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Manila, Manila
I keep coming back to Manila
Simply no place like Manila
Manila, I'm coming home.
Manila, by the Hotdogs

When people (particularly foreigners) talk about Manila, the capital of the Philippines, they don't simply talk about a city — they talk about a conglomeration of seventeen local government units (sixteen cities and one municipality, under the aegis of the eponymous City of Manila), officially designated by the Philippine government as the National Capital Region (NCR). Like San Francisco, Manila is also a "City by the Bay", owing to its strategic location at the innermost end of a natural harbor.

Once a Muslim kingdom on the banks of the Pasig River (which drains from nearby Laguna de Bay) ruled by rajahs and trading with the Chinese, Japanese, Indians and Malays, Manila never went unnoticed by an island-hopping Spanish fleet, whose leader, Miguel López de Legazpi, personally led its conquest in 1571, and upon the ruins of the old Muslim kingdom he founded Manila as it is known today.

Manila flourished as the capital of the Spanish East Indies (which included modern-day Palau, Guam, the Northern Marianas, and the Federated States of Micronesia), including a two-year stint under British rule in 1762-1764, a product of the Seven Years' War between Spain's ally France and britain. Manila also flourished as the western terminus of a trade fleet to and from Acapulco in Mexico.

By the time the Americans occupied the Philippines as part of a peace deal with Spain after the Spanish-American War, what was considered Manila was but a fortified city (now the aptly-named Intramuros district of the City of Manila) on the southern bank of the Pasig surrounded by small settlements on a vast flatland. This setup gave the Americans the idea of giving Manila a makeover. Under Daniel Burnham, the same man who designed modern Chicago, a southern clearance for Intramuros was developed to become the national capital zone, with the capitol on the eastern end, facing Manila Bay to the west, and a granite monument to Jose Rizal, reformist executed by the Spanish on that same field on December 30, 1896, at the center. However, in 1938 then-President Manuel Quezon, fearing Manila's vulnerability to enemy attack, scuffled the rest of Burnham's plan (save the already-redesigned field) in favor of a new capital 10km to the northeast, purchasing land from the influential Tuazon family and naming it Quezon City.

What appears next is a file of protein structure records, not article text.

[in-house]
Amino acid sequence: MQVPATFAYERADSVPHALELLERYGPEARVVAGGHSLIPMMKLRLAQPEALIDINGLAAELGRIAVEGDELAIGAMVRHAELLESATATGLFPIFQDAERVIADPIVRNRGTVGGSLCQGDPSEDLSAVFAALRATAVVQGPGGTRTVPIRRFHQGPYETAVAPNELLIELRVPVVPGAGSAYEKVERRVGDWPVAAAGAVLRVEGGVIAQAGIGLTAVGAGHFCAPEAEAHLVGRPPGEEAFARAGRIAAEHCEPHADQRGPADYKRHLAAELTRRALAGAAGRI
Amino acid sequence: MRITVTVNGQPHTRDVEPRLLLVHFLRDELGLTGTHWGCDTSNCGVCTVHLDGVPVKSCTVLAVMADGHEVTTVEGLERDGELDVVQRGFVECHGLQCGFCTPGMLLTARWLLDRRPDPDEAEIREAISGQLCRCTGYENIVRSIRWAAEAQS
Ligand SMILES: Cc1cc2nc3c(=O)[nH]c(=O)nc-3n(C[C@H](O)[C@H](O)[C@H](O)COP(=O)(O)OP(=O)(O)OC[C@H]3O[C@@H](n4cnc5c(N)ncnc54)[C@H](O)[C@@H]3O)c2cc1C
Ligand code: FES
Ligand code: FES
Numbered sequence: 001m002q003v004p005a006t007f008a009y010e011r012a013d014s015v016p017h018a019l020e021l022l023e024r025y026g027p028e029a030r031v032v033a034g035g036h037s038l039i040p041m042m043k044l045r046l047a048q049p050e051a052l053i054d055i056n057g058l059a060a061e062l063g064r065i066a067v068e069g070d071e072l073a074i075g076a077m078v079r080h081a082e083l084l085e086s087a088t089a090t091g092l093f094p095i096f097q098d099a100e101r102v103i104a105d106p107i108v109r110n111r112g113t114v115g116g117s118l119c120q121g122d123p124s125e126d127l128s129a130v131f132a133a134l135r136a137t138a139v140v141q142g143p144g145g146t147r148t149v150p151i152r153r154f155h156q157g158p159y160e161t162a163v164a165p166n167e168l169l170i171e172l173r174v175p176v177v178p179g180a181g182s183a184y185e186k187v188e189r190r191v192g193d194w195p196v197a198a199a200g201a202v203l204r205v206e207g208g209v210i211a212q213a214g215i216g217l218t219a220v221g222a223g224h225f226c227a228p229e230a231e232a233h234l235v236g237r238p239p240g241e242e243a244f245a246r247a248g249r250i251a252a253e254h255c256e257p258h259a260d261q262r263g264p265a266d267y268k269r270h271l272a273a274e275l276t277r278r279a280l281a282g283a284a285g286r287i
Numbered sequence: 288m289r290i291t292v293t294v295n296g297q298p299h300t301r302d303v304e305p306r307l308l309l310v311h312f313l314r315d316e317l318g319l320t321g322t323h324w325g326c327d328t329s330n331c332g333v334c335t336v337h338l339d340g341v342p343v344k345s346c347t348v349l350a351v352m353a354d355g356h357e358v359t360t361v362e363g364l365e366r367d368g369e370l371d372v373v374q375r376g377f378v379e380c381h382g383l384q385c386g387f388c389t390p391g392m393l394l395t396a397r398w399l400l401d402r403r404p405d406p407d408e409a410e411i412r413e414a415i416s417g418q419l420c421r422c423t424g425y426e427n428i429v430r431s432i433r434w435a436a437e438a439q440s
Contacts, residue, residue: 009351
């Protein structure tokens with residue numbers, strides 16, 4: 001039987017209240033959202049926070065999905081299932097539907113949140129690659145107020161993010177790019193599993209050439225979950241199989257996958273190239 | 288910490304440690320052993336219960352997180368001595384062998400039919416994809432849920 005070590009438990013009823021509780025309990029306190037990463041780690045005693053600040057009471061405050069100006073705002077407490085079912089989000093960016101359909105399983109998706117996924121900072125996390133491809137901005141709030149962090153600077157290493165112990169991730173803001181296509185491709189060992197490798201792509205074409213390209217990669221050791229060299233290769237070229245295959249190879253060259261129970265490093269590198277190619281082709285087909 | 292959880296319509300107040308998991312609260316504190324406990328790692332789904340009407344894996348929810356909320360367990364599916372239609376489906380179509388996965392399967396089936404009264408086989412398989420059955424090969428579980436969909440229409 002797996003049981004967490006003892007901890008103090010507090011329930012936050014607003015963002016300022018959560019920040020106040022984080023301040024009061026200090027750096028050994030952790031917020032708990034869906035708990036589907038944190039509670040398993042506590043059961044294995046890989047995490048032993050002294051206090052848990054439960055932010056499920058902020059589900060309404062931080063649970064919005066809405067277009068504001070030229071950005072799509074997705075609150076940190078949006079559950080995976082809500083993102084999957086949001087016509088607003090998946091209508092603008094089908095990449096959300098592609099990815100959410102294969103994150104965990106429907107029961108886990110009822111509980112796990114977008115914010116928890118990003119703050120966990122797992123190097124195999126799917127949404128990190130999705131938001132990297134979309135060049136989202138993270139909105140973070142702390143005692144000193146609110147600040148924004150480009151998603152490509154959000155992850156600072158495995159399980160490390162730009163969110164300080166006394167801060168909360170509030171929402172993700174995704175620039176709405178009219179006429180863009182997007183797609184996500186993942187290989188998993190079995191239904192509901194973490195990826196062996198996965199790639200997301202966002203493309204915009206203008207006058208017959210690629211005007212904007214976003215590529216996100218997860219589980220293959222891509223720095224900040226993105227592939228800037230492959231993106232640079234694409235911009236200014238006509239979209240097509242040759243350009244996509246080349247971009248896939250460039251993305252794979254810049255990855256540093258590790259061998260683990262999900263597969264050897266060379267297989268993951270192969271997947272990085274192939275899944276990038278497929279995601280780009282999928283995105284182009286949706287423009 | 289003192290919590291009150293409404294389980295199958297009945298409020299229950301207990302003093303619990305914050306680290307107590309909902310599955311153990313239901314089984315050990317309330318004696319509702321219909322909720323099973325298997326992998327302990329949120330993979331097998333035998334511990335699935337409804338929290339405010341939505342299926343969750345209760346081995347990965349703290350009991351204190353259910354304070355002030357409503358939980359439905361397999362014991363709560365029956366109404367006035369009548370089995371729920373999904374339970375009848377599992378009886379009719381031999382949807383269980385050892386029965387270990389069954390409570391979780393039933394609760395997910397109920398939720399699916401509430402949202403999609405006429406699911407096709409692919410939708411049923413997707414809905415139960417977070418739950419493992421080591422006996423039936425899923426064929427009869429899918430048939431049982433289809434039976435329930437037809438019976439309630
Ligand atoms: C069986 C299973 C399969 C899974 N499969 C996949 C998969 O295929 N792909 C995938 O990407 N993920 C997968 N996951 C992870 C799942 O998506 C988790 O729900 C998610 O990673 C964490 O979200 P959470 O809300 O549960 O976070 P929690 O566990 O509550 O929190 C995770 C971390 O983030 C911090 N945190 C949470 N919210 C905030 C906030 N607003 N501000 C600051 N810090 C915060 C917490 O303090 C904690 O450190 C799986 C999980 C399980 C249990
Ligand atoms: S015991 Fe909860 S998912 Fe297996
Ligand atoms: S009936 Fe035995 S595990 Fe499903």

And Quezon was oddly correct — in 1941, days after the attack on Pearl Harbor, Manila was attacked by the Japanese. But that was just a foretaste of something even worse. Between November 1944 and February 1945 Manila saw the most destructive battle of World War II's Pacific front. The Americans retook the city, but at the cost of 1,000 Americans, 16,000 Japanese, and 100,000 civilians, and a city devastated beyond repair, surpassed only by Warsaw. After the war, reconstruction was hasty, and the result is a melange of subdivisions and shantytowns (colloquially called either "squatters" or the more politically correct "informal settlers") across the City of Manila and its neighboring cities.

Metro Manila as a political entity came to be in 1975 when then-president Ferdinand Marcos created the Metropolitan Manila Commission (now the Metropolitan Manila Development Authority, or MMDA).

One thing notable about Manila is that unless Manila City proper is invoked, it has virtually no main city center, as each of its seventeen cities has its own functioning government. As a result the NCR is something of an urban planner's worst nightmare, with mayors frequently disagreeing on basic issues concerning the metropolis. The major thoroughfares linking the region include C-5 and EDSA (formerly Highway 54), remnants of the earlier American-era city plans. Its extensive urbanization also frequently leaves most of the metropolis at the mercy of floodwater and typhoons (as hurricanes are called in the Asia-Pacific region), not to mention parts of it sitting on top of a still potentially dangerous fault line.